Retablo painting

Learn Retablo

Learn the art of retablo!

Retablos, better known as ‘laminas’ in Mexico, are small oil paintings on tin, wood or copper which were used in home altars to venerate the almost infinite number of Catholic saints. The literal translation for ‘retablo’ is ‘behind the altar.’

This genre of folk art, deeply rooted in Spanish history, represents the heart and soul of traditional religious beliefs in 17th, 18th, and 19th century Mexican culture.Carol Blatinick-Barros

The retablo was an art form that flourished in post conquest Mexico and then ultimately, with the introduction of inexpensive mediums such as tin, reached its pinnacle of popularity in the last quarter of the 19th century. With some exceptions, mostly untrained artists from the provinces worked to produce and reproduce these sacred images; some subjects painted more prolifically than others. A typical “retablero” may have reproduced the same image hundreds, if not thousands of times.

These oil paintings were sold to devout believers who displayed them in home altars to honor their patron saints.

The class will happen each Saturday from January 21 through February 25 from 1-4 p.m. in Berg 401.  Cost is $120 which includes materials needed for the class. 

Artist Carol Blatinick-Barros was born in Trinidad and studied art at Trinidad State and the University of Southern Colorado (now CSU) in Pueblo.  In addition to retablo she works in pencil, batik and egg tempera and other mediums.

Call Donna at 719 846-5724 to register.

Beekeeping

Introduction to Beekeeping

Introduction to Beekeeping – Cost $70, covers all three class meetings and the trip to the apiary in the spring as well as the once-per-semester registration fee.

Instructor is Jim Conley, former Huerfano County Extension Agent and retired International Development Specialist with USDA’s Foreign Agriculture Service

Saturday, Jan 7, 2017, 9 a.m. – noon: Origin of honey bees and overview of the European honeybee, Apis mellifera & where it fits in the world of honey bees.   The different races of honey bees, which is right for you? The unique biology of honeybees.   What’s in a hive (bee castes) and what are their respective duties?  Who’s in charge?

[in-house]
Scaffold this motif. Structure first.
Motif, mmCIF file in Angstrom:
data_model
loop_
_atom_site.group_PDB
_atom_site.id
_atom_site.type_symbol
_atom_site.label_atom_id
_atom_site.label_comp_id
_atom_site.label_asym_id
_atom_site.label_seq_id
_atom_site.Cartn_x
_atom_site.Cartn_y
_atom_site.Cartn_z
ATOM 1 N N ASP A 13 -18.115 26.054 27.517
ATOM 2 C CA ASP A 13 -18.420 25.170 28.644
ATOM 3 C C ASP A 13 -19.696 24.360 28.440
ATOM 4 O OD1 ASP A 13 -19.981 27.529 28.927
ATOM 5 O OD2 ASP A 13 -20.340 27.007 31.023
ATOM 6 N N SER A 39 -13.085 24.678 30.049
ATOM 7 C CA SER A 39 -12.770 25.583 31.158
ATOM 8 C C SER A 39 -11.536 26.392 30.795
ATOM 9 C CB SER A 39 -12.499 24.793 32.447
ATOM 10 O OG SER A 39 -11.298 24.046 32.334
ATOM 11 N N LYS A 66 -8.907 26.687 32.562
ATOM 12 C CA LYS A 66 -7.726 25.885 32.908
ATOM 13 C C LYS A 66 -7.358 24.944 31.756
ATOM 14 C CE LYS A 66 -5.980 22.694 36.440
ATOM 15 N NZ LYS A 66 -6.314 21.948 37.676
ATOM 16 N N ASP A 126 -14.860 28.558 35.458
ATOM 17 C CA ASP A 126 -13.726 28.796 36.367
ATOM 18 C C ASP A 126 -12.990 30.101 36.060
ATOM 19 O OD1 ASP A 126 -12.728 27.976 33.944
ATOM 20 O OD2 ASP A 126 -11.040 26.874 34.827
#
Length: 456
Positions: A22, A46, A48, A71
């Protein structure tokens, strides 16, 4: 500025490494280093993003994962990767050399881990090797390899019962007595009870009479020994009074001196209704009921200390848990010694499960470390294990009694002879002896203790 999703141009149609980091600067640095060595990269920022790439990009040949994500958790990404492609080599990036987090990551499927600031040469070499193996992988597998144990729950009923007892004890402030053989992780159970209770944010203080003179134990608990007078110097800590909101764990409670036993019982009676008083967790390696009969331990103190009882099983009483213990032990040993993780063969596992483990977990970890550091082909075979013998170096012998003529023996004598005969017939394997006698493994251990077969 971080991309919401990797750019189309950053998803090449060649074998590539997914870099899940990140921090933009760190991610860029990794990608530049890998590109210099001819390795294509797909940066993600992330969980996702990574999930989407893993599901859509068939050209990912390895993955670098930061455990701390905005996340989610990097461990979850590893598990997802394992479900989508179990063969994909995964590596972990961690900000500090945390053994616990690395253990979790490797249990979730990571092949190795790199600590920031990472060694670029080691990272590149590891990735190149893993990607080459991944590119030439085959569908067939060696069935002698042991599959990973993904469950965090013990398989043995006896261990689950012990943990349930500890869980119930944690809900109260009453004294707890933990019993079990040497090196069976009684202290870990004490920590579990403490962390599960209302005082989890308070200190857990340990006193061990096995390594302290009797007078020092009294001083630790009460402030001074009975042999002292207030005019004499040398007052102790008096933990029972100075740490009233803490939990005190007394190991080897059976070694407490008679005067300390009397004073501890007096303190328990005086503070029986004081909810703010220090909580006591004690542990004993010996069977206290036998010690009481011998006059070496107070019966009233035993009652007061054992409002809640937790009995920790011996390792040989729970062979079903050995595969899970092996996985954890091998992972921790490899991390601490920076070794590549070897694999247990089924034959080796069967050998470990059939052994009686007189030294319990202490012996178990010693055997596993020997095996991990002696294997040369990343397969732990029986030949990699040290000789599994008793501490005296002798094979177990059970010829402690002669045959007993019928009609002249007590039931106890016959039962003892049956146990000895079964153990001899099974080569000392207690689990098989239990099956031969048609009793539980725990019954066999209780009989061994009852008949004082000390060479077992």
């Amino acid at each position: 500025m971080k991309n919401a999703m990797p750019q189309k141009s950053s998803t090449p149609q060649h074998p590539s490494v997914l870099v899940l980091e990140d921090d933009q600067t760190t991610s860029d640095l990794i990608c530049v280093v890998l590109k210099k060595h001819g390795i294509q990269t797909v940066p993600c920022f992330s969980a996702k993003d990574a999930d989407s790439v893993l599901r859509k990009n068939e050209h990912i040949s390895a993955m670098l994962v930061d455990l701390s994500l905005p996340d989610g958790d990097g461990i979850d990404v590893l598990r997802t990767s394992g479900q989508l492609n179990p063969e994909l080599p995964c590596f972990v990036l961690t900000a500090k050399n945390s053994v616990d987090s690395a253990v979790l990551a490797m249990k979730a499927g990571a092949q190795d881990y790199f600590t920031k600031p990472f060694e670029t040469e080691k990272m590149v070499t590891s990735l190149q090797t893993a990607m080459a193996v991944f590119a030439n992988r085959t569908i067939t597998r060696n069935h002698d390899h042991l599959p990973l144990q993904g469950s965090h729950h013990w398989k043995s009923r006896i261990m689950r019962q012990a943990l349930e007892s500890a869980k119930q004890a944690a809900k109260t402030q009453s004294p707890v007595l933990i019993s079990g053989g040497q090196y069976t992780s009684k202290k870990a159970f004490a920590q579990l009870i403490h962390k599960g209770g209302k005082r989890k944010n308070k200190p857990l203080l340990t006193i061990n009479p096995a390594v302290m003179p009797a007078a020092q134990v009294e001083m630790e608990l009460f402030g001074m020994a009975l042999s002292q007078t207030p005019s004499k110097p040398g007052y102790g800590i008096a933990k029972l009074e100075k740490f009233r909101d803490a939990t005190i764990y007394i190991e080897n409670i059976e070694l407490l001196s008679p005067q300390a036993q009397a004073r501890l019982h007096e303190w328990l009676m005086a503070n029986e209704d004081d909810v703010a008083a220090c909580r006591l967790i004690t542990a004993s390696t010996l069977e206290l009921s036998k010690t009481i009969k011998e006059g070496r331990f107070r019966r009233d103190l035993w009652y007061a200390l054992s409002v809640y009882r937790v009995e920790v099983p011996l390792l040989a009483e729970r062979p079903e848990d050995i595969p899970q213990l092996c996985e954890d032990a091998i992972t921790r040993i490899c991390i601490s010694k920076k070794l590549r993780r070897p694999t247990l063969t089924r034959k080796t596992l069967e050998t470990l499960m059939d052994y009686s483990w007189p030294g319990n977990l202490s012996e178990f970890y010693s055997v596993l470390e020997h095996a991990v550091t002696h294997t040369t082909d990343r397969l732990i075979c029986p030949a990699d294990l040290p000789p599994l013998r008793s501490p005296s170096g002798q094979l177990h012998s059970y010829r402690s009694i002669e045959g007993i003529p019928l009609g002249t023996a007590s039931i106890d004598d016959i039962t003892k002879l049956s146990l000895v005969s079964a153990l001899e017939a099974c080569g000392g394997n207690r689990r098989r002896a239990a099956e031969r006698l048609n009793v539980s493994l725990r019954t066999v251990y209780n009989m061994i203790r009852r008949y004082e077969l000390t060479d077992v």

Saturday, Jan 14, 2017,  9 a.m. – noon: Essential equipment for beekeepers and ordering your honey bees to get started.  Products of a hive.  What is a beekeeper?  Resources for new beekeepers.    Dealing with problems. Colony Collapse Disorder.  Parasites, predators, pathogens, pesticides and poor nutrition:  Protecting your bees from the “5 P’s”!  Learn various management techniques.    

Saturday, Jan 21, 2017, 9 a.m. – noon: Beekeeping through the seasons:  Spring, summer, autumn and winter, beekeeper activities ranging from feeding bees to harvesting honey.  Activities you take to protect and nurture your bees.  The economics of beekeeping.  

All classes held at Trinidad State Junior College, 600 Prospect Street in Trinidad, Colorado, Berg Building Room 401.

Since January is too cold to work a hive, we’ll provide opportunities for students to visit an apiary and “work the bees” on a Saturday during April and/or May via a field trip to a small apiary outside of Walsenburg.  Lesson covers safety, review of equipment, equipment assembly, hive placement, protection from bears, skunks and humans; beekeeping books, record-keeping, supply catalogs, trade magazines, etc.  will be covered at this time.

To register call Donna at 719-846-5724.